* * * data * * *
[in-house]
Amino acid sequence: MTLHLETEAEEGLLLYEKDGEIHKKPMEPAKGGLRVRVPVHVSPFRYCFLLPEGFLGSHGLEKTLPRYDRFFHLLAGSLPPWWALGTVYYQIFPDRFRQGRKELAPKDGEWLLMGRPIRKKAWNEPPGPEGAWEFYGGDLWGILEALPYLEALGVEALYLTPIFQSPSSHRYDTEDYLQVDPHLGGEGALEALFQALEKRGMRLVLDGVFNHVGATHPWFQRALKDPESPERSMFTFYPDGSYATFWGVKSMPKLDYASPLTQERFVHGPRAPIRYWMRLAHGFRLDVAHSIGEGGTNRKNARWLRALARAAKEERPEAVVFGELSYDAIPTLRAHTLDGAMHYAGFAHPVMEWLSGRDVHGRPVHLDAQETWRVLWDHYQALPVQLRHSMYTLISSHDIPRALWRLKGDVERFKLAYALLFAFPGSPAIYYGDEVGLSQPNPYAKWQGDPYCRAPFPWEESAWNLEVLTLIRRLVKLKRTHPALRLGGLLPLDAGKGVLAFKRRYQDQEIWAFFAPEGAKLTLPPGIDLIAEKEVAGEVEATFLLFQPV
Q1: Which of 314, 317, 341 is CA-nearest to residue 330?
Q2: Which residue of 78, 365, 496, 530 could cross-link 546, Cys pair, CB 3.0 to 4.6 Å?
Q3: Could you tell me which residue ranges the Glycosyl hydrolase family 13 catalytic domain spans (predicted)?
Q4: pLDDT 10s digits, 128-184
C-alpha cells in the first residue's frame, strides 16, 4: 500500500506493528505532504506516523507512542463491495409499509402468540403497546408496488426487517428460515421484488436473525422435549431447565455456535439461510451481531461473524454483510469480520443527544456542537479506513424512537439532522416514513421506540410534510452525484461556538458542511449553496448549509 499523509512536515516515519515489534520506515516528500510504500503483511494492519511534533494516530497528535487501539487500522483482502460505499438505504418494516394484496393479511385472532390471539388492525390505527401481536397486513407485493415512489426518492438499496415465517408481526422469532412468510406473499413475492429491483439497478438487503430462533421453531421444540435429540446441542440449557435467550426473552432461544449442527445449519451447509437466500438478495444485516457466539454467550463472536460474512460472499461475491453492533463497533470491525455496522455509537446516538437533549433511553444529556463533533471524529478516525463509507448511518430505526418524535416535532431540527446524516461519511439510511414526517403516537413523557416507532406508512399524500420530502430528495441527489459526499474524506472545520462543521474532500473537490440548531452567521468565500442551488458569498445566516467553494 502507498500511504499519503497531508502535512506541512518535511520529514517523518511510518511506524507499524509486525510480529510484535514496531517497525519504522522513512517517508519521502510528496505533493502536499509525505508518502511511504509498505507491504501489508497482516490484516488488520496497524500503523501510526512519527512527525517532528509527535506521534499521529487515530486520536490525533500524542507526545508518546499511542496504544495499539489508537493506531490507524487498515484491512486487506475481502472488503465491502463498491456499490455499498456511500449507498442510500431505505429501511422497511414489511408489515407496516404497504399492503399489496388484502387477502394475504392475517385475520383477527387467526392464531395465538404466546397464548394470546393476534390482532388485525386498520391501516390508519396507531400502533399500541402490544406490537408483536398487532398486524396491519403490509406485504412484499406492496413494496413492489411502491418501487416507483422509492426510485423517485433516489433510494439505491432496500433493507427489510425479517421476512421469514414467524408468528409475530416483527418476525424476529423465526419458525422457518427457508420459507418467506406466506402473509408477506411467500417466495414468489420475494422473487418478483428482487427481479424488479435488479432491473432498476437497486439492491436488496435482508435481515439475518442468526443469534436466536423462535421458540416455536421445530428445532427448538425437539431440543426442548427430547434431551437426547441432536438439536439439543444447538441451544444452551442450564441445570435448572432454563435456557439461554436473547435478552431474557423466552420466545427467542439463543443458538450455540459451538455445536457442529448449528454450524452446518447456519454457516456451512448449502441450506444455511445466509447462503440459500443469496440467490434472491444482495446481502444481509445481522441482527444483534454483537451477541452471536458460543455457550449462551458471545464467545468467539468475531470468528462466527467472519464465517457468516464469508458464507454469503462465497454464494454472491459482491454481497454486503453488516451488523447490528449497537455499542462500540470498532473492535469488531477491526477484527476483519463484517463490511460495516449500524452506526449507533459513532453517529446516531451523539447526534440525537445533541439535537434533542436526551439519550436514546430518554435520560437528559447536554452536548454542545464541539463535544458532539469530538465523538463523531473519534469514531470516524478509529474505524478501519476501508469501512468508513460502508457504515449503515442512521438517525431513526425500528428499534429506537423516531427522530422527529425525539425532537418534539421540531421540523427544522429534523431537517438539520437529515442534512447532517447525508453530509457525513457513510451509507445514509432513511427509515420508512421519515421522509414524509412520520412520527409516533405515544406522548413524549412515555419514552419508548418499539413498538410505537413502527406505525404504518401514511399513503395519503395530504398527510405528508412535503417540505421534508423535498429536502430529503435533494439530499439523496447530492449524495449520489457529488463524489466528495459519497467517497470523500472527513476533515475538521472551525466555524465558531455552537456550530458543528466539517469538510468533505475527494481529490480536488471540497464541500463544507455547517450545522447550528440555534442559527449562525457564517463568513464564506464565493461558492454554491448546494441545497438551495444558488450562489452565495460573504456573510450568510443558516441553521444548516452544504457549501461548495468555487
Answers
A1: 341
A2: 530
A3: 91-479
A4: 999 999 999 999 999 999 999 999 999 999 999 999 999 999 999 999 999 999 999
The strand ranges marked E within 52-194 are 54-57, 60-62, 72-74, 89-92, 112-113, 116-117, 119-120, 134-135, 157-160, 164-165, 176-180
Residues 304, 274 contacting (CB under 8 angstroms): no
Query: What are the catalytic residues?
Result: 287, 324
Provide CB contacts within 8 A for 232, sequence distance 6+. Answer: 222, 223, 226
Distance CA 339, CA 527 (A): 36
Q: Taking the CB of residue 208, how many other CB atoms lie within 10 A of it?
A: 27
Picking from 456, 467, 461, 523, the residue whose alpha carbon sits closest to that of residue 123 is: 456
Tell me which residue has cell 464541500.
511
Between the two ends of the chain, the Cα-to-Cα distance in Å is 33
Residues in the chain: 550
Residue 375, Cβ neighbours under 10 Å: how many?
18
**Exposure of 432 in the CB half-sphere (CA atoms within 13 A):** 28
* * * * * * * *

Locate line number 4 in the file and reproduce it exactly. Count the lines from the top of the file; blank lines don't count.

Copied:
Q2: Which residue of 78, 365, 496, 530 could cross-link 546, Cys pair, CB 3.0 to 4.6 Å?